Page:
I believe the risk/reward tradeoff in equity prices weighs heavily on risk.  Accordingly, I want to own some cash when equities mean revert.

            A recovery based debt funding isn’t a recovery at all (medium):

            Stock valuation hinges on interest rates and inflation (medium):

            Today’s look back at the financial crisis (medium):

            The latest from David Stockman (medium):

    News on Stocks in Our Portfolios
 
Mastercard (NYSE:MA) declares $0.25/share quarterly dividend, in line with previous.
           
Oracle (NYSE:ORCL): Q1 Non-GAAP EPS of $0.71 beats by $0.02.
Revenue of $9.19B (+1.0% Y/Y) misses by $120M.

Oracle (NYSE:ORCL) declares $0.19/share quarterly dividend, in line with previous.
General Mills (NYSE:GIS): Q1 Non-GAAP EPS of $0.71 beats by $0.07; GAAP EPS of $0.65.
Revenue of $4.09B (+8.5% Y/Y) misses by $30M.


Economics

   This Week’s Data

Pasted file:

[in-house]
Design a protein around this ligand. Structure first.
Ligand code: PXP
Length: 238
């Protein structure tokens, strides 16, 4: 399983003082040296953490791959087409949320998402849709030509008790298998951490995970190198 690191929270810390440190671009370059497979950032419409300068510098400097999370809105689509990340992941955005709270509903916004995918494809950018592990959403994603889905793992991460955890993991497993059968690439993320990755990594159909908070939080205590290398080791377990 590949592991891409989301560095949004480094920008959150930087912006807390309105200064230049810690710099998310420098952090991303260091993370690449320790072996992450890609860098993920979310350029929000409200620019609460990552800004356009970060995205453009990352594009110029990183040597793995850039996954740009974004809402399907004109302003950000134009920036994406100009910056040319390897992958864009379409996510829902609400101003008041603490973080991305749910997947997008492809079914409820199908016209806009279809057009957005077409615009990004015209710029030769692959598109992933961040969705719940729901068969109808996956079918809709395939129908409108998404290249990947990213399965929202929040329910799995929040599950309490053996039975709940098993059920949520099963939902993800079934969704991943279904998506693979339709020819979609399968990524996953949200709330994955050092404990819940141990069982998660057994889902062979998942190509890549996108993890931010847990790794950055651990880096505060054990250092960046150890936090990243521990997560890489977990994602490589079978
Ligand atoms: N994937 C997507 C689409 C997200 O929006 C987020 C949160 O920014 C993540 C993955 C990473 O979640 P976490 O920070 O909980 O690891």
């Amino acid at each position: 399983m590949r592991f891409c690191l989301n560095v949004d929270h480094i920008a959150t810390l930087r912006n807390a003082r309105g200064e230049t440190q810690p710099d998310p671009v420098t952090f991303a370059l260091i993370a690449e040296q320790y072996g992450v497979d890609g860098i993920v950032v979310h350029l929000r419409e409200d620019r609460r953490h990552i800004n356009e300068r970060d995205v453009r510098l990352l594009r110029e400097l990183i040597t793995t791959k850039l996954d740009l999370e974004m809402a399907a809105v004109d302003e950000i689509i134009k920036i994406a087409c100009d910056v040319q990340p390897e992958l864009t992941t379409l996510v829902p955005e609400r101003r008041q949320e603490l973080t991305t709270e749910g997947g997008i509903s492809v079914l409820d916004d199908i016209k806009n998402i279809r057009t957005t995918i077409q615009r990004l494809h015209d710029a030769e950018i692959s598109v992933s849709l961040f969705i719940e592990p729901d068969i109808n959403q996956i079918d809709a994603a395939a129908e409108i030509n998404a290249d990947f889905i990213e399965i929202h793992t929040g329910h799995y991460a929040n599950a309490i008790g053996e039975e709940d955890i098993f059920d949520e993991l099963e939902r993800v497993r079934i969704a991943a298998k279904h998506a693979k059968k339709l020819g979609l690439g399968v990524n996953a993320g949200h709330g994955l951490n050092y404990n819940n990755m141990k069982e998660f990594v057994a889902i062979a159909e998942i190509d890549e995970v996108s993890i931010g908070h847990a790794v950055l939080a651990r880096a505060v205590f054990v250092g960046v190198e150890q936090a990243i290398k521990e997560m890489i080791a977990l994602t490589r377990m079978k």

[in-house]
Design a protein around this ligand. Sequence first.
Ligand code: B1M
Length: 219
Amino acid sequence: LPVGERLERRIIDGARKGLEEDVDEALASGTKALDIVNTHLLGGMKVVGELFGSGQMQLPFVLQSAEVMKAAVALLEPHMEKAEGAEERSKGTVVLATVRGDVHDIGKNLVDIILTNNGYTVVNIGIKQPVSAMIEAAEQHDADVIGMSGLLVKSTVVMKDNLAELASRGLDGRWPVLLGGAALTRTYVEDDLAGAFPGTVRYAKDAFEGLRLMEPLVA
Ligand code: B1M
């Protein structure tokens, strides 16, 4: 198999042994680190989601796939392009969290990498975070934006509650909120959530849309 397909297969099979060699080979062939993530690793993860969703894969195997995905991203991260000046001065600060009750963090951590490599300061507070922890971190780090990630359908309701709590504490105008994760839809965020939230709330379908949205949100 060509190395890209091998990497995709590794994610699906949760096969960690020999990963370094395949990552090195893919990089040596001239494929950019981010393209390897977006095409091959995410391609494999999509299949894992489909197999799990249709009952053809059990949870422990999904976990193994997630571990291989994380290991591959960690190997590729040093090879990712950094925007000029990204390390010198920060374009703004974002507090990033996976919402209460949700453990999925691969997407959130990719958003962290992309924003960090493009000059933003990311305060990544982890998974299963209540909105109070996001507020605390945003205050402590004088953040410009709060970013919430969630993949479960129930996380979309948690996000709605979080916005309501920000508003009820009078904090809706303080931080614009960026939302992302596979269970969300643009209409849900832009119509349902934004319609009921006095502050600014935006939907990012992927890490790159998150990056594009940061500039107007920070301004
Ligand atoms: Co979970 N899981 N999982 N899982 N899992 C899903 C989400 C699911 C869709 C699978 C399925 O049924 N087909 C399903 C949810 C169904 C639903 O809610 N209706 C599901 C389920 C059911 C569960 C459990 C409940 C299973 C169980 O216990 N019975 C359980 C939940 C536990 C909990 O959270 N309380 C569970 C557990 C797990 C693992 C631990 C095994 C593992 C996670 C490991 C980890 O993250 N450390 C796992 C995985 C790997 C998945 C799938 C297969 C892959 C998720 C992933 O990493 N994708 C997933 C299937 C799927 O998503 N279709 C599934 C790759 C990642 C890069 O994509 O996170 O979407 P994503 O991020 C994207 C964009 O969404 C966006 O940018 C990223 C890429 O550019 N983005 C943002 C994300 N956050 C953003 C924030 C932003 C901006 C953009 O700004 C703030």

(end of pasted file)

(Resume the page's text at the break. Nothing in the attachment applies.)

US

     International

    Other

            The latest on student loans (medium):

            The latest look at the big four economic indicators (medium):
           
Hotel occupancy rates are declining (short):

What I am reading today

            Beware of those selling private equity funds (medium):

            Waffle House and risk management (medium):

            Quote of the day (short):

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Monday, September 17, 2018

Monday Morning Chartology


The Morning Call

9/17/18

The Market
         
    Technical

              Nothing in the S&P’s chart even hints that it won’t challenge the upper boundary of its long term uptrend.